‘They don’t own it’ — Parks & Rec director says county cuts don’t mean fitness center must close
Comments made by the Boyle County Fiscal Court meeting regarding plans to close the William Bunny Davis Fitness Center are misleading, said Parks and Rec Director John Drake on Friday.
The Boyle County Fiscal Court voted Tuesday to cut its funding level for the Bunny Davis fitness center, in what magistrates said was an attempt to cause the closure of the center’s lower level, which includes exercise equipment and a weight room. But Parks & Recreation Director John Drake said Friday the fiscal court’s move doesn’t mean the fitness center is closing and people are being misled by the fiscal court member’s comments.
Since an article about the fiscal court’s vote published Wednesday, Drake said people have been coming to the center, attempting to get refunds because they think it’s closing — it isn’t, not as far as he knows. Drake said the center should be able to remain open, at least through the end of the year.
“(The Fiscal Court) may vocalize the opinion to close it, but they don’t own it; they just subsidize it,” Drake said.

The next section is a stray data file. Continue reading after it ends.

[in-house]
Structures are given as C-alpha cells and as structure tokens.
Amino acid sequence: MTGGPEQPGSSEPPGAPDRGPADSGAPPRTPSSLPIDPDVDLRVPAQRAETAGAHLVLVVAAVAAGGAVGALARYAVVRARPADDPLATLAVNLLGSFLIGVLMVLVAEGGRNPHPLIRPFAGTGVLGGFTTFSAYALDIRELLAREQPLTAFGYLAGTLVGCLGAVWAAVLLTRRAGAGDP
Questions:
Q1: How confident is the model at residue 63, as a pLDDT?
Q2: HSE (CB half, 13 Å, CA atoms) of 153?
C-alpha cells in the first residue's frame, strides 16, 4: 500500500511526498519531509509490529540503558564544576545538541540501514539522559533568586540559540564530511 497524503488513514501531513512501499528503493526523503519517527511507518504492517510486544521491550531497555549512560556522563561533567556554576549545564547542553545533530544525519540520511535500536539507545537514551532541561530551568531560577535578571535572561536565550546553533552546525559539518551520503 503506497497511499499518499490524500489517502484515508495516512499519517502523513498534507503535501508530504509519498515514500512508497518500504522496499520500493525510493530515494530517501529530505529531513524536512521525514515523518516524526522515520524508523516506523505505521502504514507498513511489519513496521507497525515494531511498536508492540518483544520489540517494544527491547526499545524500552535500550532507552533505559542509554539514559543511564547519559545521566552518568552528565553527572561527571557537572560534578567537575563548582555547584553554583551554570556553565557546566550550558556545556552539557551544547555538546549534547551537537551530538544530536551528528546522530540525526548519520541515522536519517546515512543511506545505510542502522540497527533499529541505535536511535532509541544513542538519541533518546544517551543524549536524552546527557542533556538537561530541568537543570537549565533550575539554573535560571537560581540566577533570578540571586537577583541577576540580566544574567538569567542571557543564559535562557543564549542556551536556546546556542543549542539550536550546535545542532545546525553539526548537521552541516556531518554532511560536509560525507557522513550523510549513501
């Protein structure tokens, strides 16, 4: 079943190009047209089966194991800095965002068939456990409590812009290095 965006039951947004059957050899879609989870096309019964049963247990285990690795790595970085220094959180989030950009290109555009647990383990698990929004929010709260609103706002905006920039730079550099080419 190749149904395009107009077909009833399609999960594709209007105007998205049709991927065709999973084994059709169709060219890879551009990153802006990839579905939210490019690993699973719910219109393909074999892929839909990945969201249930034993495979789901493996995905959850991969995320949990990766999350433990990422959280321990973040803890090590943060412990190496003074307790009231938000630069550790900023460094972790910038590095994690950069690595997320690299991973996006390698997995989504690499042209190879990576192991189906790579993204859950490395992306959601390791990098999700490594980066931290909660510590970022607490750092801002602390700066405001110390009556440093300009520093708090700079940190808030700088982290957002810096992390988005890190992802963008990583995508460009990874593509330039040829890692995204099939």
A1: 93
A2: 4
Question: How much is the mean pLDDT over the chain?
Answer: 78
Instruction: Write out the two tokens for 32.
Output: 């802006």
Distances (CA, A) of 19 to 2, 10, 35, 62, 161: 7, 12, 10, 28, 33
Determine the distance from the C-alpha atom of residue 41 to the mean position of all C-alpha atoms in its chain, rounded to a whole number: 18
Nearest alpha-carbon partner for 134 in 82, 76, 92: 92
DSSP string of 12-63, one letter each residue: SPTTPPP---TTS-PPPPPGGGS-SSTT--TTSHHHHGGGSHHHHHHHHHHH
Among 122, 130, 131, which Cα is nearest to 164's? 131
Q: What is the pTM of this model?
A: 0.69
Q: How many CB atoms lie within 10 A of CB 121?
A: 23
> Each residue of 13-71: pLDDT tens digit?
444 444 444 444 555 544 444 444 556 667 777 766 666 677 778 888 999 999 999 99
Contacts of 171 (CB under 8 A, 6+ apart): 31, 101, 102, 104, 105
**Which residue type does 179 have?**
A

The fiscal court voted Tuesday to fund the Bunny Davis fitness center by $12,100 less than requested, and the Bunny Davis pool by $14,300 less than requested. The fiscal court also to increase funding for the main Danville-Boyle County Parks and Recreation budget by $19,500.
Judge-Executive Harold McKinney said the reorganization of Parks & Rec funding could “send a clear message that we want to put our resources in Millennium Park and not in the Bunny Davis center and the pool.” Multiple magistrates agreed with that assessment during the meeting.
The City of Danville owns the building and the city and county share a portion of the operating costs — the city is supposed to pay 45 percent and the county is supposed to pay 55 percent.
“What could happen now is that the city could say they want to close it — then that’s a different idea,” Drake said. “We’ve had reductions every year … They give us the money and our board decides where that goes.”
The money from the two governmental entities is combined with the money from memberships to help make up the budget for the Bunny Davis center. Drake said Parks & Rec could continue to run the center by shortening hours, increasing user fees — if necessary — and looking for alternative revenue sources.
According to a post on the Facebook page of the Danville-Boyle County Parks and Rec, the pool serves more than 100 members of the center’s swim team; provides space for people taking lessons; and offers public swim time for many people who have no other pool to use. The pool opens this year on May 26.
There are people who use the gym space on the lower level daily, and the center is used for private events and a martial arts class, according to the post.
“At some point, when you get all the cuts done, we won’t be able to catch up,” Drake said.